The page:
Ever since her adolescence, Rosie Schaap, who writes the “Drink” column for The New York Times, has felt an attraction to bars. As a teenager, her obsession begins when she starts giving tarot card readings in exchange for beer in the bar car of the Metro North commuter train. When she attends college in a small town where the local bar is the only means of entertainment, drinking in bars becomes Schaap’s devoted hobby. She even abandons her PhD studies when her favored bar in Tribeca sucks her in and she develops a connection to the men who frequent it; she feels comforted by the fact that the men treat her as a peer rather than a sexual interest or outsider. For Schaap, a bar is not simply a place to become intoxicated, but rather, the center of her social universe and “a safe haven, my breathing space.”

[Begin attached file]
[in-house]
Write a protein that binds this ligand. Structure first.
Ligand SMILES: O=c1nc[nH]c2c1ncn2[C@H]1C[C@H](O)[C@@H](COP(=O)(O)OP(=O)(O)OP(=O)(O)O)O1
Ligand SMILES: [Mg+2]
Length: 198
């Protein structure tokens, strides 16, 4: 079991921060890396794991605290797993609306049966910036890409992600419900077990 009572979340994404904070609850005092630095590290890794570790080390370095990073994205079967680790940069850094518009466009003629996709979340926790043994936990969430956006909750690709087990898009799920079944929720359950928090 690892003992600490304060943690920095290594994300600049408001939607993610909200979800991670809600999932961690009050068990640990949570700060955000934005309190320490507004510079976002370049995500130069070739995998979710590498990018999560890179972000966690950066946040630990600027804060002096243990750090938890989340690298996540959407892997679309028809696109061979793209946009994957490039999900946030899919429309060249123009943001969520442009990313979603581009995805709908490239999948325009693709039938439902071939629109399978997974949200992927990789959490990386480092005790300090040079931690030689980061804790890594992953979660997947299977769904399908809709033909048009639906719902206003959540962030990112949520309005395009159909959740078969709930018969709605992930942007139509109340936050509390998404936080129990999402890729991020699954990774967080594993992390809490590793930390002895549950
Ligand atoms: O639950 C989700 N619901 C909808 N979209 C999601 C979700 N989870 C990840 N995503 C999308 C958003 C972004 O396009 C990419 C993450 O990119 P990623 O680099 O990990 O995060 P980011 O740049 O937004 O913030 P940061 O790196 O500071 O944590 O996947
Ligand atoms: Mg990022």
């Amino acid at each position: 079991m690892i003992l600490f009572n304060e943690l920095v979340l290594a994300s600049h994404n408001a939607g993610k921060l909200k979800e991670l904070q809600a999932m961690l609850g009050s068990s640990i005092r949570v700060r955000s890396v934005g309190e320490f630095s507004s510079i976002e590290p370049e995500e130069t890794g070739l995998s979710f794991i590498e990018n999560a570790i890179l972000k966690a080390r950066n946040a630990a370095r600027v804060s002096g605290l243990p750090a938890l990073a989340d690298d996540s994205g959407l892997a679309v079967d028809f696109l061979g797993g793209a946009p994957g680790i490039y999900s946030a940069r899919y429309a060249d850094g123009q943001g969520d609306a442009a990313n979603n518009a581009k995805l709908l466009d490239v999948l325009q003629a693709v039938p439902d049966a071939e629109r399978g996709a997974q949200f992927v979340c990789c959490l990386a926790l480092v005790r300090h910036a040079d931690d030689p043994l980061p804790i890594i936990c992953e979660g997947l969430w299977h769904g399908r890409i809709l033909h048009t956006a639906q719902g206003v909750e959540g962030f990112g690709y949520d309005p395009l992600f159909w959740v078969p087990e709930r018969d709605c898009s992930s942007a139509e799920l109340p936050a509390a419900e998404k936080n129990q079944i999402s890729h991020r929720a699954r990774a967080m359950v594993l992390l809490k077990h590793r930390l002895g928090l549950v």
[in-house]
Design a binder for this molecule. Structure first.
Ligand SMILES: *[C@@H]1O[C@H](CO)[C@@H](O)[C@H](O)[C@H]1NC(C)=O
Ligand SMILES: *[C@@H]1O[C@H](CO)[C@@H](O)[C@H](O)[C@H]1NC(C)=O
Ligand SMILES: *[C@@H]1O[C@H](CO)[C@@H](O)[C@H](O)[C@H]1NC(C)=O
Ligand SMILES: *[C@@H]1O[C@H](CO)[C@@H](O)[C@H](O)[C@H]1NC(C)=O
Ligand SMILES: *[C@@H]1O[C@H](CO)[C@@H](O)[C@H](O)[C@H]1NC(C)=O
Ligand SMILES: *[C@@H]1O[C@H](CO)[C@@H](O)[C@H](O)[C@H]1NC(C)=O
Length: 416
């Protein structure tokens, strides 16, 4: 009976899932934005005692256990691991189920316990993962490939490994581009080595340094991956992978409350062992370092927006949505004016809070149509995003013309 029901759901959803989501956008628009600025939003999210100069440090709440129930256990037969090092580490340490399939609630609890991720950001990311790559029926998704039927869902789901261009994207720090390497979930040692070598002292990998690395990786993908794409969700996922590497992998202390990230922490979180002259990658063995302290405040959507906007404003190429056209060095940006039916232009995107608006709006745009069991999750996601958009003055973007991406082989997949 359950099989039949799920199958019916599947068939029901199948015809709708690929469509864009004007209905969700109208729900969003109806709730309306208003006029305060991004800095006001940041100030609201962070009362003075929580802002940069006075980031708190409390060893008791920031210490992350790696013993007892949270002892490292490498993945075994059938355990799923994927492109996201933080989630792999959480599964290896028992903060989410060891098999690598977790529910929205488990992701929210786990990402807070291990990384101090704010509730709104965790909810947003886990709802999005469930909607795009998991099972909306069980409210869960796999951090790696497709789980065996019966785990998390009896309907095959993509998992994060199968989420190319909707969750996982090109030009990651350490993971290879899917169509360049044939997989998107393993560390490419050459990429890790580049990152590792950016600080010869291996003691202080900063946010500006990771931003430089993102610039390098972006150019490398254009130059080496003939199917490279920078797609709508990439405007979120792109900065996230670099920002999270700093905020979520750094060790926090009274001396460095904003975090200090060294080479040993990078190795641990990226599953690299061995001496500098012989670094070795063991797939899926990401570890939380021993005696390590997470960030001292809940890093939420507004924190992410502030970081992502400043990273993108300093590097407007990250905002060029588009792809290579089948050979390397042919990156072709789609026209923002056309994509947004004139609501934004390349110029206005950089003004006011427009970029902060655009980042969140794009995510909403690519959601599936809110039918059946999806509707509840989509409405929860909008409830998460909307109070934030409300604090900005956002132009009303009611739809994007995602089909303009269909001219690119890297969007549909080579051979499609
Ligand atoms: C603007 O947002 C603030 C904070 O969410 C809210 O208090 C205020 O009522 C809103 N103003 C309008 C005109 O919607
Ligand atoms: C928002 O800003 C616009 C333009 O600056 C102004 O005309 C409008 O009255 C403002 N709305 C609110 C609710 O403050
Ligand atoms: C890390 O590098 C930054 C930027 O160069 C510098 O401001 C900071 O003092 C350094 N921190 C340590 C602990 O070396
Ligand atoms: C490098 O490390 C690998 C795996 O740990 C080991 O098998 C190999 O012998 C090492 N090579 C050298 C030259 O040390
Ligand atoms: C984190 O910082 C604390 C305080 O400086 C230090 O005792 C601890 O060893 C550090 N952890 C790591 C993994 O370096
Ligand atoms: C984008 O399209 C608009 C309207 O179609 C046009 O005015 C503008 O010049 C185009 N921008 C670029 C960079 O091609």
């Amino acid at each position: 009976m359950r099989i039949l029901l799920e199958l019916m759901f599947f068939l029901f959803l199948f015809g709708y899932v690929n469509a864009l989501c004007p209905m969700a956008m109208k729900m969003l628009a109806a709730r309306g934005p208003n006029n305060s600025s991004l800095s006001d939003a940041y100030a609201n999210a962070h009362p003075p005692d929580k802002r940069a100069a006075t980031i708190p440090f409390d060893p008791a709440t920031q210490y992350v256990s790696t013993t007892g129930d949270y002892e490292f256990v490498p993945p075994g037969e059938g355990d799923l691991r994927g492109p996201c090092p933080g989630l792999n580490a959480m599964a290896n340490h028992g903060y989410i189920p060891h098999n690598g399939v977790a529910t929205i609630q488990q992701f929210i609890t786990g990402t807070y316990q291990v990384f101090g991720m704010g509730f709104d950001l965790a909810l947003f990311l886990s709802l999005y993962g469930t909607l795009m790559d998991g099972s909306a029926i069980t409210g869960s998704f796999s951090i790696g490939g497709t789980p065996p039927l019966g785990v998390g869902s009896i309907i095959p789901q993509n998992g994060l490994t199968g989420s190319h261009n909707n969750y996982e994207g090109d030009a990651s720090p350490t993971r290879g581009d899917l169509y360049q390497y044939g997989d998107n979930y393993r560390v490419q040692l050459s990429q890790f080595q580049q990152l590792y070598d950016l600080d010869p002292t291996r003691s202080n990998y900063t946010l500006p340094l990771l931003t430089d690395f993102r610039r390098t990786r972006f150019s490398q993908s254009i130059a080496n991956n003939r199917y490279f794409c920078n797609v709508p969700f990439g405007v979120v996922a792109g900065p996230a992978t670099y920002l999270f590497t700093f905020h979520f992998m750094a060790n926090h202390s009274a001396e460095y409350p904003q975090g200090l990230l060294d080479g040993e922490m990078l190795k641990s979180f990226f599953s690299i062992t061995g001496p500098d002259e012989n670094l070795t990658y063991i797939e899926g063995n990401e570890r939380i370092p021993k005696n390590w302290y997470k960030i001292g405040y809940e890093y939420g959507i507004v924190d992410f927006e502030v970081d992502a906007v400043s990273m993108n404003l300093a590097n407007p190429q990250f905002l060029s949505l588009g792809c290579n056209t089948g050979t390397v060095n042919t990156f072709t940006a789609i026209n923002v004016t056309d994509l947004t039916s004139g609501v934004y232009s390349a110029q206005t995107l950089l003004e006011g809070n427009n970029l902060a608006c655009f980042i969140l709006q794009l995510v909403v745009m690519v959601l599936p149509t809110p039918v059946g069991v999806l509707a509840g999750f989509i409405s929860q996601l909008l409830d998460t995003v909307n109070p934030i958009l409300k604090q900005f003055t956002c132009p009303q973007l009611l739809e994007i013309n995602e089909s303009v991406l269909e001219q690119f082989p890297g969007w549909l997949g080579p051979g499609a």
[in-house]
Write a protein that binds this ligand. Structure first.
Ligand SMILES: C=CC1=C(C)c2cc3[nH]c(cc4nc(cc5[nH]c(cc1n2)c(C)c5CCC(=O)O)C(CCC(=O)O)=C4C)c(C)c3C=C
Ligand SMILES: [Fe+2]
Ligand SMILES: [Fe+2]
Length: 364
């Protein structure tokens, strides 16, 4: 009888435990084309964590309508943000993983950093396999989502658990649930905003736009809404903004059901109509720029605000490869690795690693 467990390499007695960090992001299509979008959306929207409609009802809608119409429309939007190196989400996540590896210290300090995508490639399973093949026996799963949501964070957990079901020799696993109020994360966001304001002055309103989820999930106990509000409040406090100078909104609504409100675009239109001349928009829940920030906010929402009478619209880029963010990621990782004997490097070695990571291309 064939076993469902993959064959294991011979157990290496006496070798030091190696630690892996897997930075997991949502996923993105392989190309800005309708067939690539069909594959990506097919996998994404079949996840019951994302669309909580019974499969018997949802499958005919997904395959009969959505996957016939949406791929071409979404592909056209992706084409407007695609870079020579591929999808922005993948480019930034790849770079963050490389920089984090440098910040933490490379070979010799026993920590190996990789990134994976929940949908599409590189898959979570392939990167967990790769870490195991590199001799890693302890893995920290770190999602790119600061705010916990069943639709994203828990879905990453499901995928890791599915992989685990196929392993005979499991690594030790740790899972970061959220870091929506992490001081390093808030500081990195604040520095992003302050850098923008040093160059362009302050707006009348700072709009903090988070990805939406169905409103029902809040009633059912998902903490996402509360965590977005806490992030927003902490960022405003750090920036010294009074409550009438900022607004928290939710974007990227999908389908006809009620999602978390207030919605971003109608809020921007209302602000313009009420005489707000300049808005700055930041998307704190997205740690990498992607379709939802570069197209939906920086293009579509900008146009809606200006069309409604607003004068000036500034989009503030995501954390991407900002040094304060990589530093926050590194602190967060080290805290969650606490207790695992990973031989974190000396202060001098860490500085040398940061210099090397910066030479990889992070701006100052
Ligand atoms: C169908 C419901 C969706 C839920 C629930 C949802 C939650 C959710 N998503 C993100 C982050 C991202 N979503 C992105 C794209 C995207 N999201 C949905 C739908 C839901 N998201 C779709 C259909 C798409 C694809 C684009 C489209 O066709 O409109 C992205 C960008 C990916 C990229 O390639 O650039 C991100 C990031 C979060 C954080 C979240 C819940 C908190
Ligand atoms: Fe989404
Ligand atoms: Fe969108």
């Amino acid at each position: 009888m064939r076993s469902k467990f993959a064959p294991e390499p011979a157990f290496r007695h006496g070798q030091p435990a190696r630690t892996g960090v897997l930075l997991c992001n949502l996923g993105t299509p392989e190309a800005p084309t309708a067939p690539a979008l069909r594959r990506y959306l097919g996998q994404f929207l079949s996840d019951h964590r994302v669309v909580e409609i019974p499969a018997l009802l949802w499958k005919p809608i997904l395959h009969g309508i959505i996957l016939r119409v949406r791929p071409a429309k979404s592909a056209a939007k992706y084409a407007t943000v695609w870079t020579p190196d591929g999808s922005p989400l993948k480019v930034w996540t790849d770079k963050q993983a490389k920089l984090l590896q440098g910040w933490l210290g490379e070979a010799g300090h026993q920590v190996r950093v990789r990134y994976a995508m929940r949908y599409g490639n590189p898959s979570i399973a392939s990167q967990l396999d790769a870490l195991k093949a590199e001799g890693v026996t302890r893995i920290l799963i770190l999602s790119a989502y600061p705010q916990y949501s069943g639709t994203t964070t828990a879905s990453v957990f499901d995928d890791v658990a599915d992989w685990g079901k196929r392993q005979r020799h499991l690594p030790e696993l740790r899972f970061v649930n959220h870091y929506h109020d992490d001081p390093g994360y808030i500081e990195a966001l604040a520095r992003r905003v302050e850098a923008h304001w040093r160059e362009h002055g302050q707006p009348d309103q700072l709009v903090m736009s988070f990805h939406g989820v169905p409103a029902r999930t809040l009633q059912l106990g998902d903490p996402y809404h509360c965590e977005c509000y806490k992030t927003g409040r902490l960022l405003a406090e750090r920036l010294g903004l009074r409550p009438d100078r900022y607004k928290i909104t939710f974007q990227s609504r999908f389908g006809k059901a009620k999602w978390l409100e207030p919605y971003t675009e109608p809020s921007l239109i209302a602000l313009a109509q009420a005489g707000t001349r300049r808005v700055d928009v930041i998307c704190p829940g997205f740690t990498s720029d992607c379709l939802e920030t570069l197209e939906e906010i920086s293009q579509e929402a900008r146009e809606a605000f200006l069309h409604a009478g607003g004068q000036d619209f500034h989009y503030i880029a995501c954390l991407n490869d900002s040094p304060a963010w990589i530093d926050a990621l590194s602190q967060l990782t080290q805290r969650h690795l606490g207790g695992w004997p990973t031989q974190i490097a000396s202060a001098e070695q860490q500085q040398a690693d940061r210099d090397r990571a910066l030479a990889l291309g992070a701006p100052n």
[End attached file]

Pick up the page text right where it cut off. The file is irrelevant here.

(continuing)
The chapters of Schaap’s memoir are divided up by the (mostly) New York City bars she regularly frequents at different points in her life—when one bar closes, she simply searches for the next community of barstools to welcome her. Her story, however, is most compelling when she takes her memoir out of the bar and into the world, detailing such experiences as being a teenaged high-school dropout following the Grateful Dead. Her tale left me with both a craving for whiskey and a greater appreciation for the hours I’ve spent engrossed in barroom conversations.
By Adrienne Urbanski